Programming I: Intro to C++
Summer 2010 Syllabus
||Tues/Thurs 2:00 - 3:15 PM
||CGS5409-02 meets with this class
||9:30 - 10:45 AM
||12:30 - 1:45 PM
||2:00 - 3:15 PM
||9:30 - 10:45 AM
- All students taking COP 3014 are required to have
previously taken and passed (with a C- or higher final grade) MAC
1140 or MAC 2311 or MAC 2233.
- If you have not completed this pre-requisite requirement, the CS
department will most likely drop you from this course in the first week of
classes. To be sure that your course schedule is correct, if you do not
have the pre-req you should drop yourself from this course and then adjust
your class schedule appropriately with the help of your academic
- Starting Out with C++: From Control Structures through Objects,
6th ed., Tony Gaddis.
This course is intended for majors in computer science or related
areas and focuses on the fundamental concepts of computer programming
using the C++ language. This course may be used as a programming
pre-requisite for COP 3330. Upon successful completion of the course, the
student should be able to:
Demonstrate a basic understanding of computer concepts, including
software and hardware.
Solve computing problems using a top-down approach in a
well-structured design using procedural programming techniques
- Design, implement, test, and debug a C++ program to solve a given
- Demonstrate knowledge and use of control structures used in procedural
programming, including sequence, selection, iteration, and functions.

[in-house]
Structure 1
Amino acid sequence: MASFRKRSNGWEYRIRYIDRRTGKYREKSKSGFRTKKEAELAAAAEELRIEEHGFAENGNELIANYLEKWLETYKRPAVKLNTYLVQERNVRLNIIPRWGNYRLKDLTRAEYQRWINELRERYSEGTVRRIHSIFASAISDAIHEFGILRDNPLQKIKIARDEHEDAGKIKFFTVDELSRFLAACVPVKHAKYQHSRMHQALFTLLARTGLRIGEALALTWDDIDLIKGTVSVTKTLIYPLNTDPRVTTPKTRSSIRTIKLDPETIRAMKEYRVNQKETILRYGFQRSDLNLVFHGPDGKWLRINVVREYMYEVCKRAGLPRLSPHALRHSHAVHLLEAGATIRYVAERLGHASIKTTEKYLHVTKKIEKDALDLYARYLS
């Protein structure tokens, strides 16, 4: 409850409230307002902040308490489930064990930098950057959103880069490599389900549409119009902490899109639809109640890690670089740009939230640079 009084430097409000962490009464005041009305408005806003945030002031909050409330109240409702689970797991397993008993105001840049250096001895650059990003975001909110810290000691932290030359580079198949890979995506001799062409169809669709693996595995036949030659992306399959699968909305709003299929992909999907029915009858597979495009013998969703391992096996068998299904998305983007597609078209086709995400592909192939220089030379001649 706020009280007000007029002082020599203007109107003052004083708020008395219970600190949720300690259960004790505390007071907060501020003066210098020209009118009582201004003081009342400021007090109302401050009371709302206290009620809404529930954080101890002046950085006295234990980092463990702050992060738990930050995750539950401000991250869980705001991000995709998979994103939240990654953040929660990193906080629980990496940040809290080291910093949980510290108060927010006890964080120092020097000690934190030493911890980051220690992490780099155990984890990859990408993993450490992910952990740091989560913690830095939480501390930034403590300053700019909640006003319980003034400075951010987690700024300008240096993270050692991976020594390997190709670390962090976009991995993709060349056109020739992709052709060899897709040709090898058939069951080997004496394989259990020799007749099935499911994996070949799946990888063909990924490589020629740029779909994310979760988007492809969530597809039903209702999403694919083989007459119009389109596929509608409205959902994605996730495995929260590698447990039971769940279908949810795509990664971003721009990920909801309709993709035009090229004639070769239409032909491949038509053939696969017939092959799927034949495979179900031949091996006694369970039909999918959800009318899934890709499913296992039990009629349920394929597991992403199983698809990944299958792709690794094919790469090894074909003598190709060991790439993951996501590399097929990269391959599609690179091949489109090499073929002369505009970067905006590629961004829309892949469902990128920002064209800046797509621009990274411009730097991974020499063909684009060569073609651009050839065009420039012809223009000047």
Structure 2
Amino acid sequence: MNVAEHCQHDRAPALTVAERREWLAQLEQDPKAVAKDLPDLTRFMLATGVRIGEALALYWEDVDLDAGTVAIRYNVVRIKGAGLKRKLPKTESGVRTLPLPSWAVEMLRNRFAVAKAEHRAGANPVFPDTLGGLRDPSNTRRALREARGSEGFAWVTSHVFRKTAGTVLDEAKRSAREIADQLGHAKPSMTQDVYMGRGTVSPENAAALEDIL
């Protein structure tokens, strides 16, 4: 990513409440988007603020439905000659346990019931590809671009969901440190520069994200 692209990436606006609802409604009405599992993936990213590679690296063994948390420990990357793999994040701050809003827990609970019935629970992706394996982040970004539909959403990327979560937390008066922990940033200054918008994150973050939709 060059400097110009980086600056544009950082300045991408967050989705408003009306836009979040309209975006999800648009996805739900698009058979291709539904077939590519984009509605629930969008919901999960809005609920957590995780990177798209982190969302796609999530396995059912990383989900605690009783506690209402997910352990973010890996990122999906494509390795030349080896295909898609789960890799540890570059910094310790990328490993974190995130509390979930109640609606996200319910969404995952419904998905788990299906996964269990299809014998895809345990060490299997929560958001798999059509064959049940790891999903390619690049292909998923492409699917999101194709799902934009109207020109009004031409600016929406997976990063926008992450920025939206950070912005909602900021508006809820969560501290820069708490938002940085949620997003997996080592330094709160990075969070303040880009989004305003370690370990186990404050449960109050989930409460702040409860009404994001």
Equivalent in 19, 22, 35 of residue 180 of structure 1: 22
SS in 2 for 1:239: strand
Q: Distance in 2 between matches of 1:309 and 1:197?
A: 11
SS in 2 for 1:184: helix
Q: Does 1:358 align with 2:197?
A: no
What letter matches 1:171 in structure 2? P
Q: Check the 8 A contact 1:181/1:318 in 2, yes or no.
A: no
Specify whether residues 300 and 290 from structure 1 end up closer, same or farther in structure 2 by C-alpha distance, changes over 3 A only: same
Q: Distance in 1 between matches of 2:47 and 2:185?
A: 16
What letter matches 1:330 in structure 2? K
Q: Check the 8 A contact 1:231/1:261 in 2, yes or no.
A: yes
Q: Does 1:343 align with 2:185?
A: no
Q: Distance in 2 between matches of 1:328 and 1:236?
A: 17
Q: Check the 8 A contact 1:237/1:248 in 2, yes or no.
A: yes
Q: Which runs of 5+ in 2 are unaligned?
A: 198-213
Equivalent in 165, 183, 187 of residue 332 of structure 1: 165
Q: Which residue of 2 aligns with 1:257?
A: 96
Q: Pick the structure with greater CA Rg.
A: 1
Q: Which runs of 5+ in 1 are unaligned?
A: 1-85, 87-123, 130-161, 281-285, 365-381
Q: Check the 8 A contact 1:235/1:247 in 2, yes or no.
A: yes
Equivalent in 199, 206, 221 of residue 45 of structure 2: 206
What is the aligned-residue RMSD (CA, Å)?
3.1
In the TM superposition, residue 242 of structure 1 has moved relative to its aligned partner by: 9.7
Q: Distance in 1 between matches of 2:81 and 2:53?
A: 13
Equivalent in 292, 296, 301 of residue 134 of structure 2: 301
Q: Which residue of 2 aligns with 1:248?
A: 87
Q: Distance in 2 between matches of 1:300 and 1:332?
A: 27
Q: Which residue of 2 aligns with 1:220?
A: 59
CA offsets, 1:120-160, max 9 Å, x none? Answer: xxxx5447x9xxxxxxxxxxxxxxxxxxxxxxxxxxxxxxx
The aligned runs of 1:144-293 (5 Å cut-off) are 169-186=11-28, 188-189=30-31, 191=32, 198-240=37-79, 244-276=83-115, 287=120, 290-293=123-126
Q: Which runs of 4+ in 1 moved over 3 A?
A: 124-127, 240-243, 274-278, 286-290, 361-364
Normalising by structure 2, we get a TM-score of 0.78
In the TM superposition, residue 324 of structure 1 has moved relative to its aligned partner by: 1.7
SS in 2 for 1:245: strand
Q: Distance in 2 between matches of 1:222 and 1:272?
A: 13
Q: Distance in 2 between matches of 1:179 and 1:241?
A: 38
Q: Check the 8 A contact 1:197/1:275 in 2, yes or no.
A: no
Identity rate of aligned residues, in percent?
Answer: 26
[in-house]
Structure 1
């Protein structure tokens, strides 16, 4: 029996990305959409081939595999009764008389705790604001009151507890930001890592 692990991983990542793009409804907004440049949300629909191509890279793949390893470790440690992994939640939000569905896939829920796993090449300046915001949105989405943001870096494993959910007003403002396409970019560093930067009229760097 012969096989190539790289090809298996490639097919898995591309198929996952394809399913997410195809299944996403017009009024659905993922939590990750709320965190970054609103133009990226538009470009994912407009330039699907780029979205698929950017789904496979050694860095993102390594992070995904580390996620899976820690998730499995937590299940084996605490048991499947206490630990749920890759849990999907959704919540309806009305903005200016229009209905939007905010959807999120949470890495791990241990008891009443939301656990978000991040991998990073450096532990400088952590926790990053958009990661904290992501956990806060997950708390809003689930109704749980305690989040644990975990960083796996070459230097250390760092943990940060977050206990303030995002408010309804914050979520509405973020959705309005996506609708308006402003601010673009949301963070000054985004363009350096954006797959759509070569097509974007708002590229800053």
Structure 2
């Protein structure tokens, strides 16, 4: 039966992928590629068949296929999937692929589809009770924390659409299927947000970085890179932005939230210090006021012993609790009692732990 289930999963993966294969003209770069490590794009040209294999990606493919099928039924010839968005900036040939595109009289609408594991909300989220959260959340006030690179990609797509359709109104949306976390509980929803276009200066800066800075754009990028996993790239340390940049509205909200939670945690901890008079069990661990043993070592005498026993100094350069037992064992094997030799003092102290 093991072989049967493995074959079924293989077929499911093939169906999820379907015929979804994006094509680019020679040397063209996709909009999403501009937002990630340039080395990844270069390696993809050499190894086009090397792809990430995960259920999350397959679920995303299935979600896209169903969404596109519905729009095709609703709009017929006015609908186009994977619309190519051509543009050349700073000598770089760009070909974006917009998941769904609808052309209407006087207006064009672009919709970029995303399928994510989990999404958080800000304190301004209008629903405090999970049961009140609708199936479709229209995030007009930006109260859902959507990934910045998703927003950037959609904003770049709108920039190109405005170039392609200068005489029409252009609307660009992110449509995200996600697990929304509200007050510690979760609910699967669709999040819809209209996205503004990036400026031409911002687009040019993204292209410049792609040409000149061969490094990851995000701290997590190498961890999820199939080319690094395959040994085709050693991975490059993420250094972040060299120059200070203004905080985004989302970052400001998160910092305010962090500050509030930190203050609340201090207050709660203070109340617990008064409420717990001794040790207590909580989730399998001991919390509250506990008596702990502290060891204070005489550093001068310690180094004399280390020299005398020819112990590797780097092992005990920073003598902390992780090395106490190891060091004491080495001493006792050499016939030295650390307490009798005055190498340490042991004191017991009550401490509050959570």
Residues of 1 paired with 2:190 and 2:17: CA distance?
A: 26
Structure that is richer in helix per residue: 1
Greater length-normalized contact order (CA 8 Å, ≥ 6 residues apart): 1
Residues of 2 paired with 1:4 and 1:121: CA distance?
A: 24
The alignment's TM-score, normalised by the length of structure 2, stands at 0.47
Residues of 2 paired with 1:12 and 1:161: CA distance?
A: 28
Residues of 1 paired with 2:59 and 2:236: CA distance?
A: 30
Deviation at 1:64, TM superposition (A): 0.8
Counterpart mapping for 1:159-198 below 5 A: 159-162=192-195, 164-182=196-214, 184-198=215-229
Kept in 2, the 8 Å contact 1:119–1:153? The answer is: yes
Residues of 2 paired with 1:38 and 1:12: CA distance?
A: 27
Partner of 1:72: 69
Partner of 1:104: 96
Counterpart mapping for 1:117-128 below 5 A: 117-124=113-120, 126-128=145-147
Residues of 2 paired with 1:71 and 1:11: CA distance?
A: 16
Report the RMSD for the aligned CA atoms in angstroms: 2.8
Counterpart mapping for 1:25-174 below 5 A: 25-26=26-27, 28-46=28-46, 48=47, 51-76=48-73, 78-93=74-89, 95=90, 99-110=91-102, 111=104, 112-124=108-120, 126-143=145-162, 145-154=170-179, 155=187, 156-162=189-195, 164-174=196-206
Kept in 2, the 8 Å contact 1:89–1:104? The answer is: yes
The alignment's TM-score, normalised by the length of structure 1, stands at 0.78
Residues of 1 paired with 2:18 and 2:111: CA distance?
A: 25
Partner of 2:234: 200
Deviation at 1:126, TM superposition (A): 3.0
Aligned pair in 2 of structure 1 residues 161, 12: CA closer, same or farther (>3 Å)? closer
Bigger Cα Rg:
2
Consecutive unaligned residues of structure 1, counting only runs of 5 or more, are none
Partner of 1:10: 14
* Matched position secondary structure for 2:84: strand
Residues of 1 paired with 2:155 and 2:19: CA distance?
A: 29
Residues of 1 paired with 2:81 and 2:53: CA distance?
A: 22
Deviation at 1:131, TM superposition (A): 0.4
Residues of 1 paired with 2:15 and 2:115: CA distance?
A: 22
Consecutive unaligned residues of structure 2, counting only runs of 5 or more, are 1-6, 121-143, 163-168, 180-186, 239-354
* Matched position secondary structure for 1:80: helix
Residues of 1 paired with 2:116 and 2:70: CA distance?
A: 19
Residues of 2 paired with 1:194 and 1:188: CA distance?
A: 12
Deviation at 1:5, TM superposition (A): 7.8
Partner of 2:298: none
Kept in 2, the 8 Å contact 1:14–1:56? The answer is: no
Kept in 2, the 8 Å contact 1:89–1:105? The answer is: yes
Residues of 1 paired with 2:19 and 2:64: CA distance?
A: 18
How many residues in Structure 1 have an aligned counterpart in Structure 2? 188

- Make use of data types and structures in C++ including integer and
floating point types, arrays (one-dimensional, two-dimensional, strings)
and structs; arrays of structs and structs containing arrays. Have a
introductory-level understanding of the C++ class and be able to utilize
the standard IO and string classes and their member functions.
- Utilize fundamental algorithms studied to perform common tasks, such
the max and min of a data set, counting, summing, tracking a previous
value, searching and sorting, reading until EOF, etc.
- Consider, compare, and evaluate code segments or simple algorithms for
relative efficiency in a basic fashion
- Make use of pointers: understanding their relationship with arrays,
their use in function parameters and returns, and their importance in
dynamic memory allocation.
- Time permitting, be able to understand and recognize the basics of
this will be filled in shortly
The final course grade will be computed as follows:
|Programs / Assignments
In addition to the scale listed above, in order to earn a C- or better
in the course, a student is required to achieve a test average of
C- or better. If the test average is below this level, the highest
possible course grade is a D. The test average can be computed with
the following formula:
TestAvg = ((Midterm * 25) + (FinalExam * 30)) / 55
Letter Grade Scale:
|Letter ||Numerical Average |
|A ||92.00 - 100 |
|A- ||90.00 - 91.99 |
|B+ ||88.00 - 89.99 |
|B ||82.00 - 87.99 |
|B- ||80.00 - 81.99 |
|C+ ||78.00 - 79.99 |
|C ||72.00 - 77.99 |
|C- ||69.00 - 71.99 |
|D ||62.00 - 68.99 |
|D- ||60.00 - 61.99 |
|F ||0.00 - 59.99 |
There will be two tests -- a midterm and a final exam.